SummaryCompaniesLaw firmsRelated documentsAstound’s Grande Communications held chargeable for person infringementRecord label plaintiffs beforehand gained $1 billion from Cox in comparable case
(Reuters) – Web service supplier Astound Broadband’s Grande Communications Networks LLC should pay a gaggle of music labels $46.7 million after its person pirated over 1,400 copyrighted works, a federal jury in Austin, Texas, determined Thursday.
Common Music Group, Sony Music Leisure, Warner Information and different labels satisfied the jury that San Marcos, Texas-based Grande dedicated willful contributory copyright infringement by failing to behave towards subscribers who had been repeat infringers.
An lawyer for Grande didn’t instantly reply to a request for remark. The labels’ lawyer Andy Bart of Jenner & Block stated in an e mail that they had been “grateful that the jury acknowledged the important function that ISPs play in addressing piracy.”
Labels together with Common, Sony and Warner gained a $1 billion verdict in an identical lawsuit towards Cox Communications in Virginia in 2019. Cox’s enchantment of that verdict continues to be pending.
The labels have additionally sued a number of different ISPs for allegedly turning a blind eye to person piracy, together with Frontier Communications, Constitution Communications and RCN Corp.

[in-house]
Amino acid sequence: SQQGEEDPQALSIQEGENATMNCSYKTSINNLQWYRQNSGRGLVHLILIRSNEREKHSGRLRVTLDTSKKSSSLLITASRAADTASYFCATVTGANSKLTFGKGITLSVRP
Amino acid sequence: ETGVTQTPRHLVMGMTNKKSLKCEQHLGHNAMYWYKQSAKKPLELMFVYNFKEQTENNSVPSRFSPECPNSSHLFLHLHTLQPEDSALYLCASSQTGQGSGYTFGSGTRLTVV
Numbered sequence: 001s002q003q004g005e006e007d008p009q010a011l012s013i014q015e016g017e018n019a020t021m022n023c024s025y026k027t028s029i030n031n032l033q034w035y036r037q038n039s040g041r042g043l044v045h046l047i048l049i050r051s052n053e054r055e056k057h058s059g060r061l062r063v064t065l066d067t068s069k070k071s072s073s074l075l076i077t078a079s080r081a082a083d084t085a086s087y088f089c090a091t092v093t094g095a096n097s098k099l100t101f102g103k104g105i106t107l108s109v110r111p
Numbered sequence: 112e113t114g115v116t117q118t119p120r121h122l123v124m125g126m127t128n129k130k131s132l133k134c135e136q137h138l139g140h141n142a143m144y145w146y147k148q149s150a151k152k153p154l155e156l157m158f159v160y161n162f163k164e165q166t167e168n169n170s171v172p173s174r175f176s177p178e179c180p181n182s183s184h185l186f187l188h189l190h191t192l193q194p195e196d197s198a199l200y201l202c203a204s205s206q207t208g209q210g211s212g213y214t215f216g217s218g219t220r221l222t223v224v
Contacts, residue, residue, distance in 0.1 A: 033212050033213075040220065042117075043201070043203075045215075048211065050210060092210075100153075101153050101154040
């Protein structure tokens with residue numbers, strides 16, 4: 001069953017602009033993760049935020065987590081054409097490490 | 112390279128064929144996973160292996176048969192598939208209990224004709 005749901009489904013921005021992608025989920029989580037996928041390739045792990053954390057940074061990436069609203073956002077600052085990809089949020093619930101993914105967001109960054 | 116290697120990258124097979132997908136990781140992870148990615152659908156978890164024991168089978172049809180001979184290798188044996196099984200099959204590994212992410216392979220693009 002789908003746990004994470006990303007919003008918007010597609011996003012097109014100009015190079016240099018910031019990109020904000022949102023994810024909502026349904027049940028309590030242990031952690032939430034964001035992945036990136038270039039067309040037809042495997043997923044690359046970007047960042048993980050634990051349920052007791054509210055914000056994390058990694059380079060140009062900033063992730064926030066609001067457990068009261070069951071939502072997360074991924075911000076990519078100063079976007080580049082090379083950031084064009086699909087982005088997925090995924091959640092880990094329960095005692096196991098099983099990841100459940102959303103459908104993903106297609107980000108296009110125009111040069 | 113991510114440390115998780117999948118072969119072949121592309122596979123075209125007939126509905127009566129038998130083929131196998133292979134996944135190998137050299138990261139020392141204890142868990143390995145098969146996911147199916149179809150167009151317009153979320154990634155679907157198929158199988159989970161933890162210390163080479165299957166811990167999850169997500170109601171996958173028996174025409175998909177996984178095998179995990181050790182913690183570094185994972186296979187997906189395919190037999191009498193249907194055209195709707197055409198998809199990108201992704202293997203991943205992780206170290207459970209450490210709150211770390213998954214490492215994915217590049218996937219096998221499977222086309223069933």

Grande, which is now a part of Stonepeak Infrastructure Companions’ Princeton, New Jersey-based Astound, was sued by the labels in 2017. The lawsuit stated the labels personal rights to “the nice majority” of recordings bought within the U.S. from a few of the hottest musicians of all time, starting from Michael Jackson to Pink Floyd to Tony Bennett.
In line with the criticism, the labels despatched Grande notices of “a couple of million infringements” by hundreds of subscriber accounts that pirated music by way of BitTorrent software program. They accused Grande of failing to behave with a view to keep away from dropping income from infringing subscribers.
Grande instructed the courtroom that it was “merely an web service supplier and by no means induced or inspired anybody to infringe.” It additionally argued the labels’ notices had been flawed and that their alleged damages had been extreme.
The case is UMG Recordings Inc v. Grande Communications Networks LLC, U.S. District Courtroom for the Western District of Texas, No. 1:17-cv-00365.
For Grande: Richard Brophy of Armstrong Teasdale
For the labels: Andrew Bart of Jenner & Block
Cox to pay $1 billion to music labels, publishers over piracy infringement
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